Mandos is a system for allowing servers with encrypted root file systems to reboot unattended and/or remotely. See the intro manual page file for more information, including an FAQ list.

In short, the booting server gets the password over the network, in a secure fashion. See the README for details.

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Thank you for your contributions, but note that 100% of your posts being almost-identical mentions of your product is borderline behavior, and you run a risk of being considered spam (I'd have flagged your posts if Mandos wasn't free software or you didn't have a history of non-Mandos posts on other sites). –  Gilles Apr 28 '11 at 21:24
    
@Gilles: Done now. –  Teddy May 3 '11 at 11:54
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Have a look at the cryptsetup readme for this in /usr/share/doc/cryptsetup/README.remote.gz (Ubuntu package cryptsetup). In there is a full guide to accomplish this. It is similar to dragly's answer, but I think this is a bit more elegant. (Dropbear formatted keys, passing the passphrase via a FIFO rather than a fragile shell script, etc.)

unlocking rootfs via ssh login in initramfs

You can unlock your rootfs on bootup from remote, using ssh to log in to the booting system while it's running with the initramfs mounted.

Setup

For remote unlocking to work, the following packages have to be installed before building the initramfs: dropbear busybox

The file /etc/initramfs-tools/initramfs.conf holds the configuration options used when building the initramfs. It should contain BUSYBOX=y (this is set as the default when the busybox package is installed) to have busybox installed into the initramfs, and should not contain DROPBEAR=n, which would disable installation of dropbear to initramfs. If set to DROPBEAR=y, dropbear will be installed in any case; if DROPBEAR isn't set at all, then dropbear will only be installed in case of an existing cryptroot setup.

The host keys used for the initramfs are dropbear_dss_host_key and dropbear_rsa_host_key, both located in /etc/initramfs-tools/etc/dropbear/. If they do not exist when the initramfs is compiled, they will be created automatically. Following are the commands to create them manually:

dropbearkey -t dss -f /etc/initramfs-tools/etc/dropbear/dropbear_dss_host_key
dropbearkey -t rsa -f /etc/initramfs-tools/etc/dropbear/dropbear_rsa_host_key

As the initramfs will not be encrypted, publickey authentication is assumed. The key(s) used for that will be taken from /etc/initramfs-tools/root/.ssh/authorized_keys. If this file doesn't exist when the initramfs is compiled, it will be created and /etc/initramfs-tools/root/.ssh/id_rsa.pub will be added to it. If the latter file doesn't exist either, it will be generated automatically - you will find the matching private key which you will later need to log in to the initramfs under /etc/initramfs-tools/root/.ssh/id_rsa (or id_rsa.dropbear in case you need it in dropbear format). Following are the commands to do the respective steps manually:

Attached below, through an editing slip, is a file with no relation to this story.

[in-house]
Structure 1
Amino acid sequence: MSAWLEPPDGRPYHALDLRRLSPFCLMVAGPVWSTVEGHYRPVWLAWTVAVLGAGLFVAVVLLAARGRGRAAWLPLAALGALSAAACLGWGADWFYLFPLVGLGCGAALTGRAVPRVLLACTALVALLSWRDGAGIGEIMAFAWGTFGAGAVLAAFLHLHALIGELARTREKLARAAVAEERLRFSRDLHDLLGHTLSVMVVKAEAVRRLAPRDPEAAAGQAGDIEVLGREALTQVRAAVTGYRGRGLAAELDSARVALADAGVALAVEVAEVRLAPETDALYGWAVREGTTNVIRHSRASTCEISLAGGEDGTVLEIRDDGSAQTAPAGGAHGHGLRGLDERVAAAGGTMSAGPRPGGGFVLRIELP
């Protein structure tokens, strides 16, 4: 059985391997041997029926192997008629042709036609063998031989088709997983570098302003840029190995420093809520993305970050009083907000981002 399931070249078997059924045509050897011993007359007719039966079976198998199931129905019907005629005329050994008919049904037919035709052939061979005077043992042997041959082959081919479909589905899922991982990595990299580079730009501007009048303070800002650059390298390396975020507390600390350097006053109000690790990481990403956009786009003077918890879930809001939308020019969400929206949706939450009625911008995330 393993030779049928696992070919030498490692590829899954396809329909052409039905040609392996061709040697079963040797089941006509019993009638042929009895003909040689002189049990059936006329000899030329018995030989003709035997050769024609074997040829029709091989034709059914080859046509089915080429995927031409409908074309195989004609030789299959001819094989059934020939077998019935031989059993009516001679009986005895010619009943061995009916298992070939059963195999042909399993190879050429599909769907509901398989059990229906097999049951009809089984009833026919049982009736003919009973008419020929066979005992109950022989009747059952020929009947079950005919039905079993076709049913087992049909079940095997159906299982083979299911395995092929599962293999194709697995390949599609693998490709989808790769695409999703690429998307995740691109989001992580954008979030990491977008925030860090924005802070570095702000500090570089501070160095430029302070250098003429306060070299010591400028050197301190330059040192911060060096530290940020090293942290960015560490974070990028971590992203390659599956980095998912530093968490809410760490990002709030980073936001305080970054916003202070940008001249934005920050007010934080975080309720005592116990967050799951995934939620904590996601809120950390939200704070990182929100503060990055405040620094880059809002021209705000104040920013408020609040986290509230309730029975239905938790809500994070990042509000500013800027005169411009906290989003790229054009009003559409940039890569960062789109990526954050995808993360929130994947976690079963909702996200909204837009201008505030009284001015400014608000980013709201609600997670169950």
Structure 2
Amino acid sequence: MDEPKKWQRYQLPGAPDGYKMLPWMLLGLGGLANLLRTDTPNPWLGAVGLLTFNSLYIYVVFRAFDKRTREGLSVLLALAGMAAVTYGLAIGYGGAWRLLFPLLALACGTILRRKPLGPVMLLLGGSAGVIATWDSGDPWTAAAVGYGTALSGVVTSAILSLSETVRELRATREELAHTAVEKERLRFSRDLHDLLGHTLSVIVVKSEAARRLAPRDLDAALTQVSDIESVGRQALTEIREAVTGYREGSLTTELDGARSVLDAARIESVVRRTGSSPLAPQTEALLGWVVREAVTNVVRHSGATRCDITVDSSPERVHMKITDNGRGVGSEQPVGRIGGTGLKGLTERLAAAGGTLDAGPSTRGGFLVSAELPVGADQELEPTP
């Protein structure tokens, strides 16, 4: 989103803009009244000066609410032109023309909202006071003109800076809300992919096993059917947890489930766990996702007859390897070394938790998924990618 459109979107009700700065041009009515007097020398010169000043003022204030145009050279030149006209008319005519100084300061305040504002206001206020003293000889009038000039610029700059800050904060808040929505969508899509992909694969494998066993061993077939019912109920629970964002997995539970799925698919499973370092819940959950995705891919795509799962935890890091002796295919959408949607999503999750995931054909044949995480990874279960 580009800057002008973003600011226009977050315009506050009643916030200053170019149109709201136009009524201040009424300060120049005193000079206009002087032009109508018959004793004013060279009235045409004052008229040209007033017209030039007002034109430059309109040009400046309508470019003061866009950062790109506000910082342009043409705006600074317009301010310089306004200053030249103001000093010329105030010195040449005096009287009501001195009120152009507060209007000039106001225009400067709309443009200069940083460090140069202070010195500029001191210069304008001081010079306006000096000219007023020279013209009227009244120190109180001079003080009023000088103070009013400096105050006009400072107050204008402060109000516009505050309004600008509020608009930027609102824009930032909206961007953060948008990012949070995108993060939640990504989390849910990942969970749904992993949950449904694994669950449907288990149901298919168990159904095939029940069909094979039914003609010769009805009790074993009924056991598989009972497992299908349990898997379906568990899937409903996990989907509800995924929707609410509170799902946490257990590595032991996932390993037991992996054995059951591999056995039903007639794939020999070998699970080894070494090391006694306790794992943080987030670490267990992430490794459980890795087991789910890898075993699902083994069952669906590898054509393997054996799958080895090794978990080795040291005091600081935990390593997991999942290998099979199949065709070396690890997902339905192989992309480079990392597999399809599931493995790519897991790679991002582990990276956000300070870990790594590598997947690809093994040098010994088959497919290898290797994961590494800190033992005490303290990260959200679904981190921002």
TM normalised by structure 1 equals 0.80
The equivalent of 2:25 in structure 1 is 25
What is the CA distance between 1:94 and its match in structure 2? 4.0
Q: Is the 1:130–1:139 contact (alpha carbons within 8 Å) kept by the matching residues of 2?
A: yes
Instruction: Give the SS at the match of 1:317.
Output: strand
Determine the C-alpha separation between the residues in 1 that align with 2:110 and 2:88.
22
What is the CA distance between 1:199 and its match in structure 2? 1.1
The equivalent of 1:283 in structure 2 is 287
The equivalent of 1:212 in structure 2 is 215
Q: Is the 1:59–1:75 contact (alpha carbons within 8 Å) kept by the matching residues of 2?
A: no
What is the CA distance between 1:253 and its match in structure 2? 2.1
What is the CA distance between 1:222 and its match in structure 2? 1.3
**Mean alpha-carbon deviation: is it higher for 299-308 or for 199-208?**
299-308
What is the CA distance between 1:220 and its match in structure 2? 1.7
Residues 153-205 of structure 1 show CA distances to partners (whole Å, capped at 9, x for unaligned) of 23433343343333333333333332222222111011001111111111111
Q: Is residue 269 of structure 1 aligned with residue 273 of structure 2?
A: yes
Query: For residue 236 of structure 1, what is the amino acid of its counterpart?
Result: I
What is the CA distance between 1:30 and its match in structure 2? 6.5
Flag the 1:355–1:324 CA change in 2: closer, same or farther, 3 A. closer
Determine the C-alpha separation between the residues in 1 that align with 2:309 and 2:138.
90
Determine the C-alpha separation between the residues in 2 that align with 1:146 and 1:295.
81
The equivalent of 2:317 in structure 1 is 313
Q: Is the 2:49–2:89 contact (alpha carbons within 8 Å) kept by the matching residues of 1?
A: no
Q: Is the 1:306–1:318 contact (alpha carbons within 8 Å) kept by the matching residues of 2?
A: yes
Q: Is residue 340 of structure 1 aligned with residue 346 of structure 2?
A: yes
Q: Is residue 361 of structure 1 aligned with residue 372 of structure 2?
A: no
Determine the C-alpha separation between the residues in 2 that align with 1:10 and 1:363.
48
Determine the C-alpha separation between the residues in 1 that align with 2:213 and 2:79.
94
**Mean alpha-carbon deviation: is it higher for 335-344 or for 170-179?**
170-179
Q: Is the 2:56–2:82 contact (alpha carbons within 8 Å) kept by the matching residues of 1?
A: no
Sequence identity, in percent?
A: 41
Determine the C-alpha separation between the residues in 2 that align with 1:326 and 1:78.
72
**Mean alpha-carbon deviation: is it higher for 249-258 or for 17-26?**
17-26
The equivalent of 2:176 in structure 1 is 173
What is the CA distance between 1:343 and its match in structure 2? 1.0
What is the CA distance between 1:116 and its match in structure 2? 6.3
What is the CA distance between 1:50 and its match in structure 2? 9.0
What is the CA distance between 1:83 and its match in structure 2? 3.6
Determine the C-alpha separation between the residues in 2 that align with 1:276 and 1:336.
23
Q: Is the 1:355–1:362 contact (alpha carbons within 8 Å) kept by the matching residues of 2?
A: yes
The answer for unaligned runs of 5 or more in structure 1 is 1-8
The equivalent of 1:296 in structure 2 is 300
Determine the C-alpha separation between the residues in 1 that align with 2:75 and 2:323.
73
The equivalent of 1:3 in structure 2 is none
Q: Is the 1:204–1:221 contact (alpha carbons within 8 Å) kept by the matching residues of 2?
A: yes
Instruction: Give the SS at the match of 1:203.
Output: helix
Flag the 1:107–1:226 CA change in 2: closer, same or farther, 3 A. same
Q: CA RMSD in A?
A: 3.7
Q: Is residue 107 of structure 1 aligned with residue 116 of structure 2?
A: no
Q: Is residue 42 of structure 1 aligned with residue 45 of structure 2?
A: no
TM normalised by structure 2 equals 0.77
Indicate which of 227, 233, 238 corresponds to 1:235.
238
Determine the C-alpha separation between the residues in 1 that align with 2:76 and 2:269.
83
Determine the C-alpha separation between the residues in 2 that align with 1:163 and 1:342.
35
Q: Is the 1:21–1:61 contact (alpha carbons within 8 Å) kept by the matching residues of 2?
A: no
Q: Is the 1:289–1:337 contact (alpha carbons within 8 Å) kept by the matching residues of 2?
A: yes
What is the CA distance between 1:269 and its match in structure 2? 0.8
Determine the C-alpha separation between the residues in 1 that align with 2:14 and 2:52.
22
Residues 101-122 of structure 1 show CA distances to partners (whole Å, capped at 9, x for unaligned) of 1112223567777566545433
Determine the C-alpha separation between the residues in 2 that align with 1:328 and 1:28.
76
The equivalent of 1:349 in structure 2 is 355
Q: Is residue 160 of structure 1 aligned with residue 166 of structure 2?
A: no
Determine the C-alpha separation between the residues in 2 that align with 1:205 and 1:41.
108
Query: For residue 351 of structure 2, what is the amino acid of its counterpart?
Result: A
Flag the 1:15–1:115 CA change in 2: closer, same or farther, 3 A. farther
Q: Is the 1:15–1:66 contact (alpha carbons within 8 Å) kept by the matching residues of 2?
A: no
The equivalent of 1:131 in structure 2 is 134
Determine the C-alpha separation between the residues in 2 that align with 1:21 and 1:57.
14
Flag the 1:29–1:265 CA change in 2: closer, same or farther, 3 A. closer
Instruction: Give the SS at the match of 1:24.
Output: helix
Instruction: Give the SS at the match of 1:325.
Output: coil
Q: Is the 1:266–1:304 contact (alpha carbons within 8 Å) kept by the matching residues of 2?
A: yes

To create a key (in dropbear format):

dropbearkey -t rsa -f /etc/initramfs-tools/root/.ssh/id_rsa.dropbear

To convert the key from dropbear format to openssh format:

/usr/lib/dropbear/dropbearconvert dropbear openssh \
    /etc/initramfs-tools/root/.ssh/id_rsa.dropbear \
    /etc/initramfs-tools/root/.ssh/id_rsa

To extract the public key:

dropbearkey -y -f /etc/initramfs-tools/root/.ssh/id_rsa.dropbear | \
    grep "^ssh-rsa " > /etc/initramfs-tools/root/.ssh/id_rsa.pub

To add the public key to the authorized_keys file:

cat /etc/initramfs-tools/root/.ssh/id_rsa.pub >> /etc/initramfs-tools/root/.ssh/authorized_keys

In case you want some interface to get configured using dhcp, setting DEVICE= in /etc/initramfs-tools/initramfs.conf should be sufficient. The initramfs should also honour the ip= kernel parameter. In case you use grub, you probably might want to set it in /boot/grub/menu.lst, either in the '# kopt=' line or appended to specific 'kernel' line(s). The ip= kernel parameter is documented in Documentation/nfsroot.txt in the kernel source tree.

Issues

Don't forget to run update-initramfs when you changed the config to make it effective!

Collecting enough entropy for the ssh daemon sometimes seems to be an issue. Startup of the ssh daemon might be delayed until enough entropy has been retrieved. This is non-blocking for the startup process, so when you are at the console you won't have to wait for the sshd to complete its startup.

Unlocking procedure

To unlock from remote, you could do something like this:

ssh -o "UserKnownHostsFile=~/.ssh/known_hosts.initramfs" \
    -i "~/id_rsa.initramfs" root@initramfshost.example.com \
    "echo -ne \"secret\" >/lib/cryptsetup/passfifo"

This example assumes that you have an extra known_hosts file "~/.ssh/known_hosts.initramfs" which holds the cryptroot system's host-key, that you have a file "~/id_rsa.initramfs" which holds the authorized-key for the cryptroot system, that the cryptroot system's name is "initramfshost.example.com", and that the cryptroot passphrase is "secret"

-- <debian@x.ray.net>, Wed, 30 Sep 2009

Thanks to jap for pointing this out to me on a different channel.